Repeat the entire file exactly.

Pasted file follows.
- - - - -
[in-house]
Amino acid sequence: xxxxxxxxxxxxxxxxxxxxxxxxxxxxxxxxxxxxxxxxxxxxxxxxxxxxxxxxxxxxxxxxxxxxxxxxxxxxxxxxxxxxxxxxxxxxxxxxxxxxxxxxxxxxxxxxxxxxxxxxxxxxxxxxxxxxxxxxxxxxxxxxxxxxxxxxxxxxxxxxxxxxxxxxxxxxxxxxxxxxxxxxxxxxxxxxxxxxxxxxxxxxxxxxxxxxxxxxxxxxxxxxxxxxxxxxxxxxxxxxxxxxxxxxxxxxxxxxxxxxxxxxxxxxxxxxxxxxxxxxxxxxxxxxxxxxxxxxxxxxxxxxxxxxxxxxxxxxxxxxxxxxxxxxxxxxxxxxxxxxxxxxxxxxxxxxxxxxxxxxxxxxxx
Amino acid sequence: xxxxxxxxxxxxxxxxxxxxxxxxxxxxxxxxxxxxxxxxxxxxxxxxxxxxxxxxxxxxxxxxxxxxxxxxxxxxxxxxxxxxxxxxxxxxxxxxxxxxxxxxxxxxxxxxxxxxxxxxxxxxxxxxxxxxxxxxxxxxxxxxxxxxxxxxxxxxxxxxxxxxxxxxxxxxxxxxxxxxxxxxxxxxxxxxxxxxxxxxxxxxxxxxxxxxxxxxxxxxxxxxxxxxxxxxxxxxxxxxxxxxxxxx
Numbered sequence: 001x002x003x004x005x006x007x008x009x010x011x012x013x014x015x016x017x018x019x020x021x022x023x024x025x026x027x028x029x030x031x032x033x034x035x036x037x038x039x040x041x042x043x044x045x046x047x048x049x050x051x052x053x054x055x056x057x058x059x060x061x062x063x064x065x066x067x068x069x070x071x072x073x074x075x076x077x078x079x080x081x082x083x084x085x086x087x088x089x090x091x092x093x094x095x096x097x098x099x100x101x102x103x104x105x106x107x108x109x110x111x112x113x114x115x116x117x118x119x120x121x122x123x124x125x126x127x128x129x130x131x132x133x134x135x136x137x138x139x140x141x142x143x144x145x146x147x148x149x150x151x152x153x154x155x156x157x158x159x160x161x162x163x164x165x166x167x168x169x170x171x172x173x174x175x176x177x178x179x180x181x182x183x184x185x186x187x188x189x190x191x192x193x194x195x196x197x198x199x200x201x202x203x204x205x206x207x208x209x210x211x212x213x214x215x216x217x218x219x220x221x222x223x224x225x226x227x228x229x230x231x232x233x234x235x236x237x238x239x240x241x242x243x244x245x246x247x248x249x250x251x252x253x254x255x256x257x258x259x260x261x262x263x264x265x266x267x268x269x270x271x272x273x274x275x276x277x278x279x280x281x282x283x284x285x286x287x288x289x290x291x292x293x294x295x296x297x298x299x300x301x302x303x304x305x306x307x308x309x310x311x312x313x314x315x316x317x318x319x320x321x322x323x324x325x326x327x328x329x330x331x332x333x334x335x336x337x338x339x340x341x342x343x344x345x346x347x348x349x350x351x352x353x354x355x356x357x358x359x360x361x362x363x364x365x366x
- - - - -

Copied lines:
[in-house]
Amino acid sequence: xxxxxxxxxxxxxxxxxxxxxxxxxxxxxxxxxxxxxxxxxxxxxxxxxxxxxxxxxxxxxxxxxxxxxxxxxxxxxxxxxxxxxxxxxxxxxxxxxxxxxxxxxxxxxxxxxxxxxxxxxxxxxxxxxxxxxxxxxxxxxxxxxxxxxxxxxxxxxxxxxxxxxxxxxxxxxxxxxxxxxxxxxxxxxxxxxxxxxxxxxxxxxxxxxxxxxxxxxxxxxxxxxxxxxxxxxxxxxxxxxxxxxxxxxxxxxxxxxxxxxxxxxxxxxxxxxxxxxxxxxxxxxxxxxxxxxxxxxxxxxxxxxxxxxxxxxxxxxxxxxxxxxxxxxxxxxxxxxxxxxxxxxxxxxxxxxxxxxxxxxxxxxx
Amino acid sequence: xxxxxxxxxxxxxxxxxxxxxxxxxxxxxxxxxxxxxxxxxxxxxxxxxxxxxxxxxxxxxxxxxxxxxxxxxxxxxxxxxxxxxxxxxxxxxxxxxxxxxxxxxxxxxxxxxxxxxxxxxxxxxxxxxxxxxxxxxxxxxxxxxxxxxxxxxxxxxxxxxxxxxxxxxxxxxxxxxxxxxxxxxxxxxxxxxxxxxxxxxxxxxxxxxxxxxxxxxxxxxxxxxxxxxxxxxxxxxxxxxxxxxxxx
Numbered sequence: 001x002x003x004x005x006x007x008x009x010x011x012x013x014x015x016x017x018x019x020x021x022x023x024x025x026x027x028x029x030x031x032x033x034x035x036x037x038x039x040x041x042x043x044x045x046x047x048x049x050x051x052x053x054x055x056x057x058x059x060x061x062x063x064x065x066x067x068x069x070x071x072x073x074x075x076x077x078x079x080x081x082x083x084x085x086x087x088x089x090x091x092x093x094x095x096x097x098x099x100x101x102x103x104x105x106x107x108x109x110x111x112x113x114x115x116x117x118x119x120x121x122x123x124x125x126x127x128x129x130x131x132x133x134x135x136x137x138x139x140x141x142x143x144x145x146x147x148x149x150x151x152x153x154x155x156x157x158x159x160x161x162x163x164x165x166x167x168x169x170x171x172x173x174x175x176x177x178x179x180x181x182x183x184x185x186x187x188x189x190x191x192x193x194x195x196x197x198x199x200x201x202x203x204x205x206x207x208x209x210x211x212x213x214x215x216x217x218x219x220x221x222x223x224x225x226x227x228x229x230x231x232x233x234x235x236x237x238x239x240x241x242x243x244x245x246x247x248x249x250x251x252x253x254x255x256x257x258x259x260x261x262x263x264x265x266x267x268x269x270x271x272x273x274x275x276x277x278x279x280x281x282x283x284x285x286x287x288x289x290x291x292x293x294x295x296x297x298x299x300x301x302x303x304x305x306x307x308x309x310x311x312x313x314x315x316x317x318x319x320x321x322x323x324x325x326x327x328x329x330x331x332x333x334x335x336x337x338x339x340x341x342x343x344x345x346x347x348x349x350x351x352x353x354x355x356x357x358x359x360x361x362x363x364x365x366x